Sensor technologies, on the other hand, offer the opportunity to optimize tradeoffs among yield, profit, and environmental protection. This is because of their potential to achieve synchrony between N supply and crop demand, while accounting for spatial and year-to-year variability in soil N.
Nevertheless, it should be recognized there are areas where the sensor-based approach may not be appropriate. One example is rain-fed areas where precipitation from the proposed time of in-season N applications to the end of the growing season is low and/or erratic. Under these circumstances, in-season N applications made to the soil surface may be unavailable for crop uptake and thus likely to limit yields. In such cases, current pre-plant N applications would likely be more suitable.
|Unique Features of Sensor Systems
Potential users of sensor technologies are encouraged to explore the unique features of these three in-season sensor systems that include options to:
1. Substitute a virtual reference strip for a high-N reference strip
2. Auto-calibrate sensors while driving to simplify operator involvement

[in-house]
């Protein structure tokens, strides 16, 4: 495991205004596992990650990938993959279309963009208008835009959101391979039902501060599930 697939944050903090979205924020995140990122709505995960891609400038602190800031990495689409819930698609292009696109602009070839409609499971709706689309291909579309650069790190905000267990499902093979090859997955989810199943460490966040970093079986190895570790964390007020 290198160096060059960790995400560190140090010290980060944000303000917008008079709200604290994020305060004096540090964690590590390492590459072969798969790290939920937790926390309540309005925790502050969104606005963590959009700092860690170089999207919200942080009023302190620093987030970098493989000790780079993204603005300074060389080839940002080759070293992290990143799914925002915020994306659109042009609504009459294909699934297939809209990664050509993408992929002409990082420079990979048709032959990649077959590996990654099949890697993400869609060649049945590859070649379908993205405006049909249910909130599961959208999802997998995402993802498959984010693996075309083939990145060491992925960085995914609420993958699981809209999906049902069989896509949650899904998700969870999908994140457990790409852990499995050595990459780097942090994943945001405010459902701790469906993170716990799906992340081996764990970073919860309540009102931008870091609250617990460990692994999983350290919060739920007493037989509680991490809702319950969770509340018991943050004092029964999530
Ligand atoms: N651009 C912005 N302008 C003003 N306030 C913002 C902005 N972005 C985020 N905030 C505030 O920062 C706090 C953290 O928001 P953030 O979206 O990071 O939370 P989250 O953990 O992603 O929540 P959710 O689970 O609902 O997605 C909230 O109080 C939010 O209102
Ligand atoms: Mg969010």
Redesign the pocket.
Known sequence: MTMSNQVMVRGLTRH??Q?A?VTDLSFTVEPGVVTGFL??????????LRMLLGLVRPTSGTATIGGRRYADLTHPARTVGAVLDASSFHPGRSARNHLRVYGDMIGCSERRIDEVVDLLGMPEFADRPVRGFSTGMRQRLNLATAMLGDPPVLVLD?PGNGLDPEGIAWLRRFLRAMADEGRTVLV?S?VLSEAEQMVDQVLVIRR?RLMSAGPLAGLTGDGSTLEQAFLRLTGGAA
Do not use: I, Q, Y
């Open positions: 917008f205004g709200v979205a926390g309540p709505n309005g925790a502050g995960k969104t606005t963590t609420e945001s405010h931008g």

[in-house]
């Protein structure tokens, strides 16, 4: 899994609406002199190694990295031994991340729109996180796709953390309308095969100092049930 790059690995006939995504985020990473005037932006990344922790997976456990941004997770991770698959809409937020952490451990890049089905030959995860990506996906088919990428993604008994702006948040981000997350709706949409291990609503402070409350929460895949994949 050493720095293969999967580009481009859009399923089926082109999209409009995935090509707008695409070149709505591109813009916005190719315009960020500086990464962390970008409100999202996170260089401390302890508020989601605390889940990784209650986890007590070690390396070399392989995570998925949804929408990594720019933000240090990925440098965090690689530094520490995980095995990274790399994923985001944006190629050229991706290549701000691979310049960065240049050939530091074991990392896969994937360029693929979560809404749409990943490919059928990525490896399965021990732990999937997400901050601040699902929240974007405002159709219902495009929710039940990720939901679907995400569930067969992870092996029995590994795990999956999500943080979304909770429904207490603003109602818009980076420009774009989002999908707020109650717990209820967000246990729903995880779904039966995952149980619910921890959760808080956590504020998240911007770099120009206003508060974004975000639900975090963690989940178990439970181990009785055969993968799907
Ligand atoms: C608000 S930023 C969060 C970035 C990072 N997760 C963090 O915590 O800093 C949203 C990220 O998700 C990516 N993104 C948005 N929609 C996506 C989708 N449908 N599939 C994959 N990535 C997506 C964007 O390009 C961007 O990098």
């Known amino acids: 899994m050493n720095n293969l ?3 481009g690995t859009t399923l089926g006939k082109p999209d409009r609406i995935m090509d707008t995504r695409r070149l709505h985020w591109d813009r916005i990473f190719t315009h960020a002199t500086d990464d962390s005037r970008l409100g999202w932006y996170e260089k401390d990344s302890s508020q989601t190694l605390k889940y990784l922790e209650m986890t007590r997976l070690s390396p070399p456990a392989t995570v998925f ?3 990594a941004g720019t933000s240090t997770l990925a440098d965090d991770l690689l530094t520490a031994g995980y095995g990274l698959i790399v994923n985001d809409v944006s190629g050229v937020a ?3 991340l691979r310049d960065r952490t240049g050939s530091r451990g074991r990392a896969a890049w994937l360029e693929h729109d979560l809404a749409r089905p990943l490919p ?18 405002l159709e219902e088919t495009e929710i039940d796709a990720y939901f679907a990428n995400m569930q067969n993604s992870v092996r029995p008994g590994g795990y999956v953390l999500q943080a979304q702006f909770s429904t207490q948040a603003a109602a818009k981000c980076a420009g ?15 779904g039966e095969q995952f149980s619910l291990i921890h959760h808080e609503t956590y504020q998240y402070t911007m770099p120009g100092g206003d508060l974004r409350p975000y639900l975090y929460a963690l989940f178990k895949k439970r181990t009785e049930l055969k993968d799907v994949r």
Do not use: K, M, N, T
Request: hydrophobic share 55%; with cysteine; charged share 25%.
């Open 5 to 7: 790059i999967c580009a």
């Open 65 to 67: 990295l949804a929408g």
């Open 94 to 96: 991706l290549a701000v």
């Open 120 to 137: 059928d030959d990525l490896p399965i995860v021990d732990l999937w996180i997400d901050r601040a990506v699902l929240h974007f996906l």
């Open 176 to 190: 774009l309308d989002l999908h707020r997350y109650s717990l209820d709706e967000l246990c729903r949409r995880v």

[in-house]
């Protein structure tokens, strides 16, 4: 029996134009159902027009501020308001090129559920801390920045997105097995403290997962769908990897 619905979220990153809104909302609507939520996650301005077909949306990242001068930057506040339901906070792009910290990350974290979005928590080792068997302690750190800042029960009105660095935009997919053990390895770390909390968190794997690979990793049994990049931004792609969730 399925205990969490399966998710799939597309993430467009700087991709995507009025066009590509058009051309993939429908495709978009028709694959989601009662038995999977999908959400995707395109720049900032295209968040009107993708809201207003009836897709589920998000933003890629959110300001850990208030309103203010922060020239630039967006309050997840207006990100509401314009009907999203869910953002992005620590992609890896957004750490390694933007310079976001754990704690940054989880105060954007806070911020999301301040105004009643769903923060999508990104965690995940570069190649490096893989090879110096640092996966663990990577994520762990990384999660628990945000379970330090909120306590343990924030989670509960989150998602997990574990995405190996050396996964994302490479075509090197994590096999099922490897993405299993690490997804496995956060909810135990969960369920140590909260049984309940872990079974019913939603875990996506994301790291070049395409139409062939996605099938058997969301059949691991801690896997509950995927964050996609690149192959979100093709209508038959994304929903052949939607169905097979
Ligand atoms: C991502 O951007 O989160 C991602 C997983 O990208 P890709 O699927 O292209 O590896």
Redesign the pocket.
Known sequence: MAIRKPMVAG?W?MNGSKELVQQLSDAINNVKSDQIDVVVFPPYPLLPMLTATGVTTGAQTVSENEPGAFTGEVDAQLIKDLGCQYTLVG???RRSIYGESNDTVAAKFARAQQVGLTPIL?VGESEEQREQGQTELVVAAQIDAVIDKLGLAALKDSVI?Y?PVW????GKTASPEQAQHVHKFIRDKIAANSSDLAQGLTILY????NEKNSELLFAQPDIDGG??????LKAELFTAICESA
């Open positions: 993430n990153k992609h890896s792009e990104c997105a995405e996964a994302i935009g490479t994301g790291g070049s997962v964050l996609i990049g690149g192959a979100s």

3. Base N recommendation on potential yield
4. Cut back on the recommended N rate in areas where complete yield remediation is unlikely
5. Choose between several visible wavebands to optimize sensitivity depending on growth stage
6. Consider different management zones within a field
7.Use imagery or maps as a driver for changing N rates.
Biggs, G.L., T.M. Blackmer, T.H. Demetriades-shah, K.H. Holland, J.S. Schepers, and J.H. Wurm. 2002. Method and apparatus for real-time determination and application of nitrogen fertilizer using rapid, non-destructive crop canopy measurements. United States Patent No. 6393927.
Holland, K. H. and J. S. Schepers. 2010. Derivation of a variable rate nitrogen application model for in-season fertilization of corn. Agron. J. 102:1415-1424.